Who is the keeper of your familyâ€™s stories? Who looks after Grandpaâ€™s letters home from the war and the heirloom quilt? Who holds on to all the old photographs â€” and more importantly â€” can tell you the stories of the people in them?
As a community, the keeper of our collective family story is the Medina County Historical Society. Its artifacts and archives tell the story of this place you and I call home â€” from the prehistoric peoples who lived here before us, to settlers who made the first roads and villages from the wilderness, to the Civil War, to the world wars and Great Depression of the 20th century, right up to where we are today.
The postponement of the Medina County Courthouse expansion and layoffs at the sheriffâ€™s department have commanded most of the headlines regarding county budget cuts. However, there are other casualties, too.
In the late 1940s, Medina County government began a tradition of funding the county historical society. This year, that stipend â€” which amounted to $20,000 â€” was eliminated from the countyâ€™s budget. Commissioner Stephen D. Hambley redirected his $750 cell phone allowance to the historical society. A commendable action, but it still adds up to a 96 percent cut in funding. In terms of percentage, only one other line item took a harder hit.
The funding represented 73 percent of the societyâ€™s $27,200 annual budget. The rest comes from member dues and donations. The historical society must now find a way to pay for utilities at the John Smart House museum, security, maintenance, insurance, programming, acquisitions and curator salary. Itâ€™s now working hard to raise money to help fill the gap, said society President Brian Feron.
The hours of the museum will be scaled back, making it more difficult to schedule tours for school groups, Scout troops and the public. There will be less time for curator Tom Hilberg to assist researchers with information requests and to catalog the donations of historical items that continually flow through the museum door.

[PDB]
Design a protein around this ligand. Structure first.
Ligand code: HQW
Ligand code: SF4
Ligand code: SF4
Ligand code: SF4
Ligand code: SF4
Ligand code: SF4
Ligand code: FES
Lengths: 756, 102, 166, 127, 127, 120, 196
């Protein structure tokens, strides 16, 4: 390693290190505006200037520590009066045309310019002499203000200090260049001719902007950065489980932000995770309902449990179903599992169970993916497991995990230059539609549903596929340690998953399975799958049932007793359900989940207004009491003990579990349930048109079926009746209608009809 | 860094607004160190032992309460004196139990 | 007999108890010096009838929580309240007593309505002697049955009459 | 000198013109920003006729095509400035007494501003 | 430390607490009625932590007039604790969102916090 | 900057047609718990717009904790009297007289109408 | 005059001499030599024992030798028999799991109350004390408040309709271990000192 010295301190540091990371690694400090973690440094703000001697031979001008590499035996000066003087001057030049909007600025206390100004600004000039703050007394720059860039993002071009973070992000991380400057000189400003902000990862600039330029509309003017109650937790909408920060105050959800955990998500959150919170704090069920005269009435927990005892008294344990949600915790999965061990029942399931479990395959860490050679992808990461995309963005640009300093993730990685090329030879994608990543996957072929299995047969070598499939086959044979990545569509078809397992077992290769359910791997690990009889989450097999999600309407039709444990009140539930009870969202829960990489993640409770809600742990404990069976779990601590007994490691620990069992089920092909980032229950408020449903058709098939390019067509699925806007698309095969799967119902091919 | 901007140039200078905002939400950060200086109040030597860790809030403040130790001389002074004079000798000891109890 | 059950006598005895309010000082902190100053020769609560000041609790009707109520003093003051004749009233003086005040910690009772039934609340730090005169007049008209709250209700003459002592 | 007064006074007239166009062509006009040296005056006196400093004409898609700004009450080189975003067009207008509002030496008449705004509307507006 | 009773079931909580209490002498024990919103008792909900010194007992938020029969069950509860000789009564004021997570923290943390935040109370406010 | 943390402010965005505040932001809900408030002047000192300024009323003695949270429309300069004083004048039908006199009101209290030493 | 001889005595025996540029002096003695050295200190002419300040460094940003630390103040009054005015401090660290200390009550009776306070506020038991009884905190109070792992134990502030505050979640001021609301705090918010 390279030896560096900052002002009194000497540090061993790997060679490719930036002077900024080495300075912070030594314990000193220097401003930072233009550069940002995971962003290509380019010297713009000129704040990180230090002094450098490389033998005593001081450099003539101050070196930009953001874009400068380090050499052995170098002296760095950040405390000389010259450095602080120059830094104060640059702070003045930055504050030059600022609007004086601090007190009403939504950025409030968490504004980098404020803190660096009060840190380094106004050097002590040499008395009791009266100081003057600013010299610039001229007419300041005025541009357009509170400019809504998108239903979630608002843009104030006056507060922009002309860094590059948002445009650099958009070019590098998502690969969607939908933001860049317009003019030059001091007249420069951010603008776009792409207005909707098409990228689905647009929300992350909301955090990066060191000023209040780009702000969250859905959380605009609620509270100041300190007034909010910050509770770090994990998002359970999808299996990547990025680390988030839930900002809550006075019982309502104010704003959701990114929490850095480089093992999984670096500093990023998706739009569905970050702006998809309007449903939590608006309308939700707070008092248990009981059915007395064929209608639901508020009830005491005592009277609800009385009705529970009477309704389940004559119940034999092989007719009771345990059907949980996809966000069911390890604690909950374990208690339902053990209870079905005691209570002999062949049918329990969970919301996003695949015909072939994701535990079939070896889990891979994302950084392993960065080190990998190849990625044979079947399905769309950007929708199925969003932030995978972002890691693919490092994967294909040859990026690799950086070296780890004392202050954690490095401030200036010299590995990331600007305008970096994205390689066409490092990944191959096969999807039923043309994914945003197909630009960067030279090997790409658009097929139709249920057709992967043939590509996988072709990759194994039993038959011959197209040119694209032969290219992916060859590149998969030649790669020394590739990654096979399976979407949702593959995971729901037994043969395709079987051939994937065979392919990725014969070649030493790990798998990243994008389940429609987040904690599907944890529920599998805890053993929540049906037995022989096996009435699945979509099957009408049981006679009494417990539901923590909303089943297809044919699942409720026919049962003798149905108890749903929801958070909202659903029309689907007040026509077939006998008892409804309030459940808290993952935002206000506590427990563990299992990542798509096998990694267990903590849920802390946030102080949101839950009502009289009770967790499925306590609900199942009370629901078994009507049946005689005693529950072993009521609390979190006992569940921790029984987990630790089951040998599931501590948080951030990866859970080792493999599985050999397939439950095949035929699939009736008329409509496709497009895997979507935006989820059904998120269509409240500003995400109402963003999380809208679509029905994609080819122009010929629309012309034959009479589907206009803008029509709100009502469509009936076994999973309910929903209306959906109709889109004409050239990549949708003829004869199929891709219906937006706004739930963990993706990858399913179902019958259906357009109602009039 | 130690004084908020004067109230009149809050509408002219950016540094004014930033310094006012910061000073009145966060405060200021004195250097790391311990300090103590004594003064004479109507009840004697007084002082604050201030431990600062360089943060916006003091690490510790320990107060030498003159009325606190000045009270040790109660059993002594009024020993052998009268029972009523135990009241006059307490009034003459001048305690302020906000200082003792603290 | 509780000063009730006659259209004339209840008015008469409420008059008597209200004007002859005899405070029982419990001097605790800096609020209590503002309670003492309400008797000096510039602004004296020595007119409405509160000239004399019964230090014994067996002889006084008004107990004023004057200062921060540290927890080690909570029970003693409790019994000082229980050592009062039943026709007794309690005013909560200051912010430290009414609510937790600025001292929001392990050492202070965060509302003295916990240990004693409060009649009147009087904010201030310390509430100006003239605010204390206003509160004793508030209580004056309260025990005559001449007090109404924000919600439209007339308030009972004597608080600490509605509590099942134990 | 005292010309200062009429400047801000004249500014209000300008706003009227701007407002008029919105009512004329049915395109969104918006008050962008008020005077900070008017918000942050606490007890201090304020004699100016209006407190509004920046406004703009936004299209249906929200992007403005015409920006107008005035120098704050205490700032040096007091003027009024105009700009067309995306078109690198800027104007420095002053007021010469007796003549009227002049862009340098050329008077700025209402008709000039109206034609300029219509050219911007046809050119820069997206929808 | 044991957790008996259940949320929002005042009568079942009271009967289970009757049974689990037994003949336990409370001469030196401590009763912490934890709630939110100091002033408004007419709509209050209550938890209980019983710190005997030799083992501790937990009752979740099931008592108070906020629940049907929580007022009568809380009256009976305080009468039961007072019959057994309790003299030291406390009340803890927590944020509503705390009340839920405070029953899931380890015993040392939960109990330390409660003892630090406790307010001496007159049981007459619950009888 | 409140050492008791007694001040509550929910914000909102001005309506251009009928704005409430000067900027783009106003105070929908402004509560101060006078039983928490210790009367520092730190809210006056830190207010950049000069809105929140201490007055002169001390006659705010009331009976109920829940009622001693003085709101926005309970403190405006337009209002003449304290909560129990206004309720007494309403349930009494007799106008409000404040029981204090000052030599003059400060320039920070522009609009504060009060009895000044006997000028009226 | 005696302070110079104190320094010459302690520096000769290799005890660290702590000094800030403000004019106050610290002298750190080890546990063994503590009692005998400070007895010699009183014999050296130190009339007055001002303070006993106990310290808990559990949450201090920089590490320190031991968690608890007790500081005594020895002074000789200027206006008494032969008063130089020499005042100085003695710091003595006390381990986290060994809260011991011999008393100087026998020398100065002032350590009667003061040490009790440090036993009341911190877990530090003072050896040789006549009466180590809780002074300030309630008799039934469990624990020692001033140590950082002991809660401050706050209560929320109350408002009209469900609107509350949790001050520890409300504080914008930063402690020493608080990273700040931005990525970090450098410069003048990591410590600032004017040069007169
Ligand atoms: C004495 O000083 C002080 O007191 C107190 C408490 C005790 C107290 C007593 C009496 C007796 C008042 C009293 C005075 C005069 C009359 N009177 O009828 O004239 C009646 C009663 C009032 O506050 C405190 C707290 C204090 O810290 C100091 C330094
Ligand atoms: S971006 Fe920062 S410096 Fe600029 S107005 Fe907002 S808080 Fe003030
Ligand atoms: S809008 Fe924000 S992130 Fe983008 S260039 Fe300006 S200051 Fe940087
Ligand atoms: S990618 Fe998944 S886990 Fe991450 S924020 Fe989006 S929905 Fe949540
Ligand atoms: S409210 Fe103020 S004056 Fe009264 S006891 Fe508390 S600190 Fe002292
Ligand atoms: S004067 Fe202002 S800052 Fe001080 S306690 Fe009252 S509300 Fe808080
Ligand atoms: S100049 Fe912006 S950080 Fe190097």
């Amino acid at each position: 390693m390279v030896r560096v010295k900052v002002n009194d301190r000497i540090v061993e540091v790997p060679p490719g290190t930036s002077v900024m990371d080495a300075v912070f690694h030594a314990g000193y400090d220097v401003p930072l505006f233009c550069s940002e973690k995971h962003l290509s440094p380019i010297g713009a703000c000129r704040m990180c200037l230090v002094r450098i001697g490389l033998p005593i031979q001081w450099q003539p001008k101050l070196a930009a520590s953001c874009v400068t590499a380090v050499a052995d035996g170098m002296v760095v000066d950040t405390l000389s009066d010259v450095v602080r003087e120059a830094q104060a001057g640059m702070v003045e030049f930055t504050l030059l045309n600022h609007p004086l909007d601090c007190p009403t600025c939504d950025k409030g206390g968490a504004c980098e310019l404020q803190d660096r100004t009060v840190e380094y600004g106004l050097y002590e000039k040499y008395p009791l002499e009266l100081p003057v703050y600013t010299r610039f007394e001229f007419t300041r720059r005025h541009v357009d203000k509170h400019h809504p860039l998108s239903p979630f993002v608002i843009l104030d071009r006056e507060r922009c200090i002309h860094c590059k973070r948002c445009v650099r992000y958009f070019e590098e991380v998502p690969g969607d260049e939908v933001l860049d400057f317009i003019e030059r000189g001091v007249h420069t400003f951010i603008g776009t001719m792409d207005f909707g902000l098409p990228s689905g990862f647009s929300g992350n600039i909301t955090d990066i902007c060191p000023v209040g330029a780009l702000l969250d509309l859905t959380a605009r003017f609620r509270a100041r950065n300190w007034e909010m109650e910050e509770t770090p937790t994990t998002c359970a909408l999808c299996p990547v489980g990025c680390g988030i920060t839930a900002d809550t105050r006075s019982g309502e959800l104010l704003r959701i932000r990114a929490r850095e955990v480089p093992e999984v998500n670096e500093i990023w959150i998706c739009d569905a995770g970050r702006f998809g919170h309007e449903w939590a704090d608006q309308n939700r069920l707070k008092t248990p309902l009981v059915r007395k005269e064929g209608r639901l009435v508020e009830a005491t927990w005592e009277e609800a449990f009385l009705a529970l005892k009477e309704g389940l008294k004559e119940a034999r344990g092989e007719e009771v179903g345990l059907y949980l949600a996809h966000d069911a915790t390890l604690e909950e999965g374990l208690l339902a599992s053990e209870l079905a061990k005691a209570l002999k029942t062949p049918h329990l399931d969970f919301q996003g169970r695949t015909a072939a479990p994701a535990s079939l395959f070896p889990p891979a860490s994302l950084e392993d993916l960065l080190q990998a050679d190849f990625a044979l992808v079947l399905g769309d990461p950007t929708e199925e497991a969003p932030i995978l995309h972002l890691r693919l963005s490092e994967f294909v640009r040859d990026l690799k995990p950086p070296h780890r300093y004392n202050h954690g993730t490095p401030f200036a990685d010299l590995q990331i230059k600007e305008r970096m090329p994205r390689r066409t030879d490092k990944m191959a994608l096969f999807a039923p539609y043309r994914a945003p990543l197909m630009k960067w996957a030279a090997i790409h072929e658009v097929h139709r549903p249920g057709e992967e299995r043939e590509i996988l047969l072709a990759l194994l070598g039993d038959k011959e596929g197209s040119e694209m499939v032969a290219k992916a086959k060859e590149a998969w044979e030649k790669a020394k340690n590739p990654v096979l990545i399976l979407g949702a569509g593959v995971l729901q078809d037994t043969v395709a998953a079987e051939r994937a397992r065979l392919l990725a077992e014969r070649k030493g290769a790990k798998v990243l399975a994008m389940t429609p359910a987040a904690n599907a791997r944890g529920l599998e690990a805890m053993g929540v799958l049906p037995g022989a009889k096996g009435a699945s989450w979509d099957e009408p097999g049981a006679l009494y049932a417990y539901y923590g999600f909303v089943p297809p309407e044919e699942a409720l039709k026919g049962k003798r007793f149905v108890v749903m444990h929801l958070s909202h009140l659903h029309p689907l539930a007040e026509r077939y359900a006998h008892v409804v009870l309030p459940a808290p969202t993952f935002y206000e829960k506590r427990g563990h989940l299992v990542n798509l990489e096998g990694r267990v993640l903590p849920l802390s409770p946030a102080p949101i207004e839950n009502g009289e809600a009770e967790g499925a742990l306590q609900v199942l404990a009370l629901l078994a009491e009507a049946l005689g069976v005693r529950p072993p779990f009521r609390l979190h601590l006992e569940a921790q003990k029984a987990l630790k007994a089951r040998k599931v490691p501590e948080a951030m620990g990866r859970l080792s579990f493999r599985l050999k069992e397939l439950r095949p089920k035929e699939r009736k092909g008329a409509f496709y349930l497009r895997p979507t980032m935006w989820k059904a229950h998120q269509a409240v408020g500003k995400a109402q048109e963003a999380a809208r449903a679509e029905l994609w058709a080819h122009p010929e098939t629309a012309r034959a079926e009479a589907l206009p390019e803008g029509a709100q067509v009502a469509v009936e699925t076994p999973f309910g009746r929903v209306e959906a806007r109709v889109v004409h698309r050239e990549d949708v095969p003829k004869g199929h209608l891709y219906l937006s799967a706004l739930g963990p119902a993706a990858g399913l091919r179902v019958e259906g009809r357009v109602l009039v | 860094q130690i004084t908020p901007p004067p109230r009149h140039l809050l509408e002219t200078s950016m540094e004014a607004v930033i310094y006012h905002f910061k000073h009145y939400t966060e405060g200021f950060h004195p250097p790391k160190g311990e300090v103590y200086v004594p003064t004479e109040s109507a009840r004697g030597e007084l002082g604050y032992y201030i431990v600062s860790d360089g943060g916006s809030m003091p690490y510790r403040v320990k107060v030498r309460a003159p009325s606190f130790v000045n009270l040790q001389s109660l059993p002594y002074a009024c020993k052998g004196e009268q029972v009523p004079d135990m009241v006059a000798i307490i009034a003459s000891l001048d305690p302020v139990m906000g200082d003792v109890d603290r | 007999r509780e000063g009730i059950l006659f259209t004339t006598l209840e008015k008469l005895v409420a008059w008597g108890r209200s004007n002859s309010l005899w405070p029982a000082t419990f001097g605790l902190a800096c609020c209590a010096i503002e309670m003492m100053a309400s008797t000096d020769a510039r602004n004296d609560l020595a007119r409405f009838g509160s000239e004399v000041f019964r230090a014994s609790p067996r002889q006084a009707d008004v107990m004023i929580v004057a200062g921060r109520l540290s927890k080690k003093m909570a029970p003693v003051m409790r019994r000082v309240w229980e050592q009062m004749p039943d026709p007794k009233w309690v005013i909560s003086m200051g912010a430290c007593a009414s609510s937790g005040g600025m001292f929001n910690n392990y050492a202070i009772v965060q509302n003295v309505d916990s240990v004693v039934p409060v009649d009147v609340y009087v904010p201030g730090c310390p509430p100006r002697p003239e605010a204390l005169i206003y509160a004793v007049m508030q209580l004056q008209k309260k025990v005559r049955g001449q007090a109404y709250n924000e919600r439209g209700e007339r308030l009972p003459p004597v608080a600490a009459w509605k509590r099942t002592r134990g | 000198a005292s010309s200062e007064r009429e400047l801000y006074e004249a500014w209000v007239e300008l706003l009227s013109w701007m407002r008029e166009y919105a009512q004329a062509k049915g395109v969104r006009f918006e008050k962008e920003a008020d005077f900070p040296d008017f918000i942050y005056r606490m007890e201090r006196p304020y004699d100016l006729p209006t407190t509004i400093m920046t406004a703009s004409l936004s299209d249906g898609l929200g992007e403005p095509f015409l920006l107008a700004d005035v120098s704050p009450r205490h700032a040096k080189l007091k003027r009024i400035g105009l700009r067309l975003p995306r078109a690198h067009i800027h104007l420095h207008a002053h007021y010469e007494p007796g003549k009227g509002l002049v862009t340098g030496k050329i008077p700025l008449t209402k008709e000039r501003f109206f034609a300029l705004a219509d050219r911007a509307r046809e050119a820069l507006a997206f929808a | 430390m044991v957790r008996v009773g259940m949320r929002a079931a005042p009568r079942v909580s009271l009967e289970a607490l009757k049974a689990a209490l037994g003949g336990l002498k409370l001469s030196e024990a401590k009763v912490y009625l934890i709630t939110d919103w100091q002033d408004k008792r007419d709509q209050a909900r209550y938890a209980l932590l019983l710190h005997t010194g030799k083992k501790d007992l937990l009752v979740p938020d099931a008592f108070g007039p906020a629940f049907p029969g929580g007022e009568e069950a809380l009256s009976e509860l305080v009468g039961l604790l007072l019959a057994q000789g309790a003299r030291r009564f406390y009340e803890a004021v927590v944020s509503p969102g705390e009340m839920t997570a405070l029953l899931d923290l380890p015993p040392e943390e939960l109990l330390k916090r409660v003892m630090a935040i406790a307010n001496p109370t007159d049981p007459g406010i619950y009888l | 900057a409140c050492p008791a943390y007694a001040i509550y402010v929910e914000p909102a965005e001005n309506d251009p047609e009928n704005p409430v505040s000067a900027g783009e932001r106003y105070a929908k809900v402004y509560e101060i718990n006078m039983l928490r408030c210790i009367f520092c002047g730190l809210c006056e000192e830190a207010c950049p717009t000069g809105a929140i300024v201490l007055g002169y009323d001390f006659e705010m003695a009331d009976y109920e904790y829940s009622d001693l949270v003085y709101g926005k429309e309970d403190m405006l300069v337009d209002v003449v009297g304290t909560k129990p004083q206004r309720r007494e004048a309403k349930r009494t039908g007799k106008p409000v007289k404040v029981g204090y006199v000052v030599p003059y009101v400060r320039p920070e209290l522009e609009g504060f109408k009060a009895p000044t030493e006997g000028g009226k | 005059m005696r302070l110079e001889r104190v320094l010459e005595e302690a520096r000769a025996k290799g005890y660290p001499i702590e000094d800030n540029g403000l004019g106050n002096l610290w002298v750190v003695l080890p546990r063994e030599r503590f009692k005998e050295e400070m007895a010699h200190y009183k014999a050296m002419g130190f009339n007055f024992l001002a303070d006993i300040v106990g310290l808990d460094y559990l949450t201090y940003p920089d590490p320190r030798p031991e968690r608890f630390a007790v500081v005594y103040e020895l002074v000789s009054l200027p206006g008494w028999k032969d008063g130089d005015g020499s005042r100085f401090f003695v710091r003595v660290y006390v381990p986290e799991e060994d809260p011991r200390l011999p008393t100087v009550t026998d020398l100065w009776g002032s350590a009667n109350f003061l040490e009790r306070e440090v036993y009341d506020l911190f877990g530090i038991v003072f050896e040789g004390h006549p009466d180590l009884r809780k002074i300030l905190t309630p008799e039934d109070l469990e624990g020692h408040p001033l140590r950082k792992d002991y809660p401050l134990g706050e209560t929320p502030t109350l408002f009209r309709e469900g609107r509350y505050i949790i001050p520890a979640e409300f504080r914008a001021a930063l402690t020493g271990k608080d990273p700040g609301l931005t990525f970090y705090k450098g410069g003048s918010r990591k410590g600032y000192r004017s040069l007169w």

In essence, it means fewer occasions for all of us â€” from school children to genealogists â€” to connect with our heritage and learn the stories of who we are. And what stories there are to tell.
Joann King â€” a local historian, author and long-serving board member â€” said the historical societyâ€™s collection rivals that of any other museum, including the Ohio Historical Society. Thatâ€™s because the society was established relatively early â€” in 1922 â€” and has been a good steward of the resources and artifacts placed in its hands, she said.
Quilts from its collection have been included in books and major exhibitions. The museum has a noteworthy collection of prehistoric arrowheads, sports memorabilia and objects from the former Chippewa Lake Amusement Park. The display of items owned by the Seville â€œgiantsâ€ â€” Martin Van Buren Bates and Anna Swan Bates â€” is always a giant attraction.
â€œIt shows they werenâ€™t imaginary or made up by P.T. Barnum,â€ Feron said. â€œThey were real people.â€
Thatâ€™s the gift museums and historical societies give us â€” the knowledge that those who came before us were real people. Itâ€™s one thing to read about an ice box or an Edison phonograph in a textbook. Itâ€™s when a child sees one for herself that a connection is made and history becomes visible and alive.
During the Civil War, Mallet Creekâ€™s Jane Logan said goodbye to her three brothers â€” Andrew, Robert and Thomas â€” as they left home to fight for the Union cause. Jane vowed she would never again wear the dress she wore that day until all three brothers returned safely home.
They did, she did, and the material from the dress that represented her love and her promise was later sewn into a family quilt. It was passed down through the Logan family and now to us. Today, the quilt is on display at the John Smart House.
Itâ€™s more than one familyâ€™s story. Itâ€™s our story. And who is going to preserve it if not the Medina County Historical Society? If not you and me?
One of the truths in life is this: Even when you do not know where to go next, when you are uncertain what the future may hold, you can never truly be lost if you remember where you came from. There is comfort, hope and direction in retracing our steps.
Local history teaches that we have been through wars, economic freefalls and other hard times before, and that we get through them by joining hands and working together. Part of the reason we know this is because almost 90 years ago, our predecessors had the foresight to form a county historical society and the commitment to keep it running through thick and thin.
The Medina County Historical Society needs the community to pull together on its behalf, so it can continue to tell that story. Our story.
To learn how you can help support the society by volunteering, becoming a member or making a donation, visit www.medinahistorical.com or call the John Smart House at 330-722-1341.
Gladden may be contacted at firstname.lastname@example.org or 330-721-4052.
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